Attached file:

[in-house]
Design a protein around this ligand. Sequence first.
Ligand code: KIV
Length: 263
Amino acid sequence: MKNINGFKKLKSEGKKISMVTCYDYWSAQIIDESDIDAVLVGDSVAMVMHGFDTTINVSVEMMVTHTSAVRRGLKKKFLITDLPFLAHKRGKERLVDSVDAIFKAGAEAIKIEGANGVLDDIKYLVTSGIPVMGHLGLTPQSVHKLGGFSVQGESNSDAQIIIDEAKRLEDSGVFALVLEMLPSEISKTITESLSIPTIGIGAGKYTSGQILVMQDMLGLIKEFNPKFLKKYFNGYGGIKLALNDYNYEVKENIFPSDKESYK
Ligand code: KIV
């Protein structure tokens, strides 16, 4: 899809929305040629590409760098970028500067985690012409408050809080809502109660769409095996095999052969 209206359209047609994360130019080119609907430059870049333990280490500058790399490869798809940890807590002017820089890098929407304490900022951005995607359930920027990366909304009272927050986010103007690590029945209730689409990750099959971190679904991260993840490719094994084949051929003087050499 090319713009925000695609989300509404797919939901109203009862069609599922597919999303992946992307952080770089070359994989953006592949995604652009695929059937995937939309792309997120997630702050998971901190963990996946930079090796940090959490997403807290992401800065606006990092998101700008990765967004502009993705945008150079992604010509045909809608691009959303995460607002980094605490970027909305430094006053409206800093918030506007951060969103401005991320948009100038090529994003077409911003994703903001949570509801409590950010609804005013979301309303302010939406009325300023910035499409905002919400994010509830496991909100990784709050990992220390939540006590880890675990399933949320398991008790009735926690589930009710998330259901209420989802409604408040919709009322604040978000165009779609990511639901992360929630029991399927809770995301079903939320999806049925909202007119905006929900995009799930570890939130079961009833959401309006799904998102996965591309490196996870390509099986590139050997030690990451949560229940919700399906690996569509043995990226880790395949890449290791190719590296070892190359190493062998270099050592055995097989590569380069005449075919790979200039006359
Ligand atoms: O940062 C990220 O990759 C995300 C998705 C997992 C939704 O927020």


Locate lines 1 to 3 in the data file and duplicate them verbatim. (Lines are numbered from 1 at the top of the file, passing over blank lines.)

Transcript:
[in-house]
Design a protein around this ligand. Sequence first.
Ligand code: KIV